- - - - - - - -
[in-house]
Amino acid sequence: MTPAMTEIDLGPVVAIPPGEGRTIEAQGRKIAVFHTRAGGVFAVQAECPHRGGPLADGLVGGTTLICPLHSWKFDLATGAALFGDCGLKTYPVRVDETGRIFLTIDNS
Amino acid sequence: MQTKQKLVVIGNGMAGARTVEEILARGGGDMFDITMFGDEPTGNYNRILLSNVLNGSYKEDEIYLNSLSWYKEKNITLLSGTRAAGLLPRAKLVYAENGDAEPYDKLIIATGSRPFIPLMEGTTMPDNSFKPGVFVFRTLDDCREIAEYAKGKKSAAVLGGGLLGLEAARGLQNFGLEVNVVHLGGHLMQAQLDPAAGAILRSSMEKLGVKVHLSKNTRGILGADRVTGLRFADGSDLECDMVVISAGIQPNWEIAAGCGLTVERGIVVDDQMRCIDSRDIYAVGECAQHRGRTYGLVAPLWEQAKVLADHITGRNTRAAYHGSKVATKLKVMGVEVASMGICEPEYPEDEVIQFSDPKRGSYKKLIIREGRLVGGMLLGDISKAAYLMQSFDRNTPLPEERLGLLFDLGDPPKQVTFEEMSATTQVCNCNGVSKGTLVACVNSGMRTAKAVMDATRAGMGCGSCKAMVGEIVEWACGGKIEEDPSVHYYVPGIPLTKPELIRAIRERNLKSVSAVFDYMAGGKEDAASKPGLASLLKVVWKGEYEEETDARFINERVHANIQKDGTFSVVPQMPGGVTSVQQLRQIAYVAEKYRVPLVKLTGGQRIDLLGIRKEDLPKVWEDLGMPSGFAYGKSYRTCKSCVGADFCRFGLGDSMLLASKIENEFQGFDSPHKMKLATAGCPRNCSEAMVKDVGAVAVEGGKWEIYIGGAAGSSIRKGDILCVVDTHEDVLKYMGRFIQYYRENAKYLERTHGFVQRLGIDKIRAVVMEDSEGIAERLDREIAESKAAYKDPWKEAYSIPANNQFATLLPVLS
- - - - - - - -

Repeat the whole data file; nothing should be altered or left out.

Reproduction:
[in-house]
Amino acid sequence: MTPAMTEIDLGPVVAIPPGEGRTIEAQGRKIAVFHTRAGGVFAVQAECPHRGGPLADGLVGGTTLICPLHSWKFDLATGAALFGDCGLKTYPVRVDETGRIFLTIDNS
Amino acid sequence: MQTKQKLVVIGNGMAGARTVEEILARGGGDMFDITMFGDEPTGNYNRILLSNVLNGSYKEDEIYLNSLSWYKEKNITLLSGTRAAGLLPRAKLVYAENGDAEPYDKLIIATGSRPFIPLMEGTTMPDNSFKPGVFVFRTLDDCREIAEYAKGKKSAAVLGGGLLGLEAARGLQNFGLEVNVVHLGGHLMQAQLDPAAGAILRSSMEKLGVKVHLSKNTRGILGADRVTGLRFADGSDLECDMVVISAGIQPNWEIAAGCGLTVERGIVVDDQMRCIDSRDIYAVGECAQHRGRTYGLVAPLWEQAKVLADHITGRNTRAAYHGSKVATKLKVMGVEVASMGICEPEYPEDEVIQFSDPKRGSYKKLIIREGRLVGGMLLGDISKAAYLMQSFDRNTPLPEERLGLLFDLGDPPKQVTFEEMSATTQVCNCNGVSKGTLVACVNSGMRTAKAVMDATRAGMGCGSCKAMVGEIVEWACGGKIEEDPSVHYYVPGIPLTKPELIRAIRERNLKSVSAVFDYMAGGKEDAASKPGLASLLKVVWKGEYEEETDARFINERVHANIQKDGTFSVVPQMPGGVTSVQQLRQIAYVAEKYRVPLVKLTGGQRIDLLGIRKEDLPKVWEDLGMPSGFAYGKSYRTCKSCVGADFCRFGLGDSMLLASKIENEFQGFDSPHKMKLATAGCPRNCSEAMVKDVGAVAVEGGKWEIYIGGAAGSSIRKGDILCVVDTHEDVLKYMGRFIQYYRENAKYLERTHGFVQRLGIDKIRAVVMEDSEGIAERLDREIAESKAAYKDPWKEAYSIPANNQFATLLPVLS